While memory can be a vital tool, it is imperative to acknowledge that it can also lead to mistakes. When dealing with any medical issue, depending on memory alone can be fatal for both patients and institutions. In a day, clinicians get to see so many patients, and it is straightforward to confuse their diagnosis, which is why there is the uptake of different technologies like SPSS. Electronic health records make it easier to access information on patients for the clinicians to offer medical help. Online communication is more accessible and cost-effective than hard copies, which can take long to access and analyze before giving patients critical care.
Decision-Making in Healthcare
Observably, the health care sector is essential to everyone globally because we all need health care one way or another. Therefore, all shareholders and stakeholders should be included when it comes to decision-making. In front of patients, the number is quite numerous and it may not be possible to involve everyone. Even then, in pressing matters on health care, they can indulge the population in a survey or questionnaire filling where they share their opinions. With that, most of the feedback gotten then can be used when coming up with decisions on various fronts of health care. Without the populations, the health care institution does not exist, and the same goes for the clinicians. They spend all day dealing with different patients; therefore, they know what is needed. Also, there is shared decision making when it comes to patient-doctor interactions (Welton, N. J., Sutton, A. J., Cooper, Abrams & Ades, 2012). With these, the health care professionals work with the patients to develop a solution for their condition, hence involving them in the decision making. Trends and patterns are constantly changing within health care, and they must be considered to decipher the data collected and come up with the right strategies to handle the situations. With big data, they can come up with diagnoses and treatment plans that can be affordable and effective.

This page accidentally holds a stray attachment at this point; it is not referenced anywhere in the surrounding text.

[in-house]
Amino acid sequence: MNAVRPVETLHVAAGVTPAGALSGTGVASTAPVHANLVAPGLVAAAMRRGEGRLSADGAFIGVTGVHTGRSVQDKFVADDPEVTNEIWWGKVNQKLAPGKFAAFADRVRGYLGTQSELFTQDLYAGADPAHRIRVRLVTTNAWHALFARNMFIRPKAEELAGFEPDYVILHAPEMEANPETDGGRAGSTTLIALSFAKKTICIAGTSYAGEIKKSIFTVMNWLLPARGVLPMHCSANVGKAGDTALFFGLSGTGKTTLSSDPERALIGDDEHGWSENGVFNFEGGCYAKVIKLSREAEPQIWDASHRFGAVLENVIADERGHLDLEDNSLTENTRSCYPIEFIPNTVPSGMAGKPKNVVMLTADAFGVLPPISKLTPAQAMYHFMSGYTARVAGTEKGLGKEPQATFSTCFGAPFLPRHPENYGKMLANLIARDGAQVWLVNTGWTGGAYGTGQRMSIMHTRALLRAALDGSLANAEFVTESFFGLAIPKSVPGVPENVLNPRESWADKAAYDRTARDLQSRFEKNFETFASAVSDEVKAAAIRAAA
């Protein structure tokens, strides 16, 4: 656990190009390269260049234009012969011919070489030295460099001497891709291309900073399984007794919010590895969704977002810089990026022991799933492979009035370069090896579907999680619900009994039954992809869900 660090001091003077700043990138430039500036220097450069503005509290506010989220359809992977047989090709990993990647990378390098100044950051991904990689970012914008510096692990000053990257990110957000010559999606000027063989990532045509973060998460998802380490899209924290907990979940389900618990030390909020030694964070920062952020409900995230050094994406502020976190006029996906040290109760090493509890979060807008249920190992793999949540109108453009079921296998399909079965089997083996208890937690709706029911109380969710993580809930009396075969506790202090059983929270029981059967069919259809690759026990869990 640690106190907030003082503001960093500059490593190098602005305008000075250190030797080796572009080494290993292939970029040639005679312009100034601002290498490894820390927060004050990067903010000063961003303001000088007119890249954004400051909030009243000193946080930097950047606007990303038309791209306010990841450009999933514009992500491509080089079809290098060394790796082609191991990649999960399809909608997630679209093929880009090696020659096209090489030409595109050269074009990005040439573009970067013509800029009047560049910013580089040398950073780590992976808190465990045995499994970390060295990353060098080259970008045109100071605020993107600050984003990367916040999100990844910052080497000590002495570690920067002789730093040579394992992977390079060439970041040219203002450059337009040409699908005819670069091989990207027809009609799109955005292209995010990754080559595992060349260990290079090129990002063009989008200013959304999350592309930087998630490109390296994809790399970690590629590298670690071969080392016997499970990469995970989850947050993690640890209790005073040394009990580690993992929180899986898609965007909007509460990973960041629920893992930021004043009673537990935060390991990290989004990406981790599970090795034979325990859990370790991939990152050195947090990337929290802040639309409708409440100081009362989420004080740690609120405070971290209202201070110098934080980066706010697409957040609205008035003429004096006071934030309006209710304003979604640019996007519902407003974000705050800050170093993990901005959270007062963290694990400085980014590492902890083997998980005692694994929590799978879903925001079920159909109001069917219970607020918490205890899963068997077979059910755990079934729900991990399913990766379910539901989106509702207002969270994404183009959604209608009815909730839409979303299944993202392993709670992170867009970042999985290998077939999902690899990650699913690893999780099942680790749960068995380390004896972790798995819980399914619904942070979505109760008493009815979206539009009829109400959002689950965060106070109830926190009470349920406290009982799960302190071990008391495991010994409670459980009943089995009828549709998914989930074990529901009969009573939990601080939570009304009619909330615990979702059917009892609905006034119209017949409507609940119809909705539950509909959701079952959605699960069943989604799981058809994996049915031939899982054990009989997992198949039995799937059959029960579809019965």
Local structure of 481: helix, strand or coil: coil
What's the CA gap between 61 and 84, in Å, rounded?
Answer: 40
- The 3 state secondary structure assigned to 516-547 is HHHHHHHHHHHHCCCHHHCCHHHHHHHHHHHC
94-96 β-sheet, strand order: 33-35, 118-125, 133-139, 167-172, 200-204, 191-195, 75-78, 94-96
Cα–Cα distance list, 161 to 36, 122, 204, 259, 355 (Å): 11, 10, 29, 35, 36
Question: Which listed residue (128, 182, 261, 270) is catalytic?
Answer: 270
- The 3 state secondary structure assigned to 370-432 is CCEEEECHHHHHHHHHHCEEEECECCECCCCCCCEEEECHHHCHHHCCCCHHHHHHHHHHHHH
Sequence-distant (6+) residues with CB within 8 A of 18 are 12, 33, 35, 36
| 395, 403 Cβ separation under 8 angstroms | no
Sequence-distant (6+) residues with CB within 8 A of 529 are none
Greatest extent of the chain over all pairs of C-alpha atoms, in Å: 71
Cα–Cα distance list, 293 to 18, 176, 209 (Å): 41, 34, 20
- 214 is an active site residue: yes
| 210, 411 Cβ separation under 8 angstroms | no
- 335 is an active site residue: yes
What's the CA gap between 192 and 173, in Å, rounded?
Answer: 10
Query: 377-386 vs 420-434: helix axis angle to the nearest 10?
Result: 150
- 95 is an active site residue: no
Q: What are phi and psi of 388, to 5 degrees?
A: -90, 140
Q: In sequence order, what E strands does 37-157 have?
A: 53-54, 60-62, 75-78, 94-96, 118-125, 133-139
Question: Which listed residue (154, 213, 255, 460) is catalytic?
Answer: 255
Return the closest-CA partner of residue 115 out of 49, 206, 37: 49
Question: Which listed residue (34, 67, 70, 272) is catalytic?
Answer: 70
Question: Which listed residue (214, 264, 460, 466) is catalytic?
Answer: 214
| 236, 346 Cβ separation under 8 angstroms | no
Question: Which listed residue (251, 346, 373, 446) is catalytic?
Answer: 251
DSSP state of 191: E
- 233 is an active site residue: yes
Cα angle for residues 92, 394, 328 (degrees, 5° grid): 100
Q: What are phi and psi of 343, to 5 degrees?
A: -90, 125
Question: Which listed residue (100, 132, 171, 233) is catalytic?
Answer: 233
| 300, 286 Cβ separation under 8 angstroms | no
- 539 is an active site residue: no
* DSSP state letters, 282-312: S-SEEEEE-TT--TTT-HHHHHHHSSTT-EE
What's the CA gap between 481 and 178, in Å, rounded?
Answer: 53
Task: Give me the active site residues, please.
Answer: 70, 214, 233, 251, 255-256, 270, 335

Additionally, electronic medical records and electronic health records have made it easier to deliver quality care to patients. The software makes it easier to transition from one professional to another during their different shifts without losing any patient information. It also increases the accessibility of the patient’s statement to the attending clinician (Mandl, K. D., & Kohane, 2012). In cases where patients change their clinicians, their records can easily be shared to help improve their chances of getting better, unlike the past written records which were hard to share.
Ferrell, O. C., & Fraedrich, J. (2021). Business ethics: Ethical decision making and cases. Cengage learning.
Intissar Haddiya, Taha Janfi and Mohamed Guedira.(2020). Application of the Concepts of Social Responsibility, Sustainability, and Ethics to Healthcare Organizations.
Mandl, K. D., & Kohane, I. S. (2012). Escaping the EHR trap—the future of health IT. N Engl J Med, 366(24), 2240-2242.
Saranya, P., & Asha, P. (2019, November). Survey on Big Data Analytics in health care. In 2019 International Conference on Smart Systems and Inventive Technology (ICSSIT) (pp. 46-51). IEEE.
ten Have, H., & Neves, M. D. C. P. (2021). Assisted Suicide. In Dictionary of Global Bioethics (pp. 139-139). Springer, Cham.
Welton, N. J., Sutton, A. J., Cooper, N., Abrams, K. R., & Ades, A. E. (2012). Evidence synthesis for decision making in healthcare (Vol. 132). John Wiley & Sons.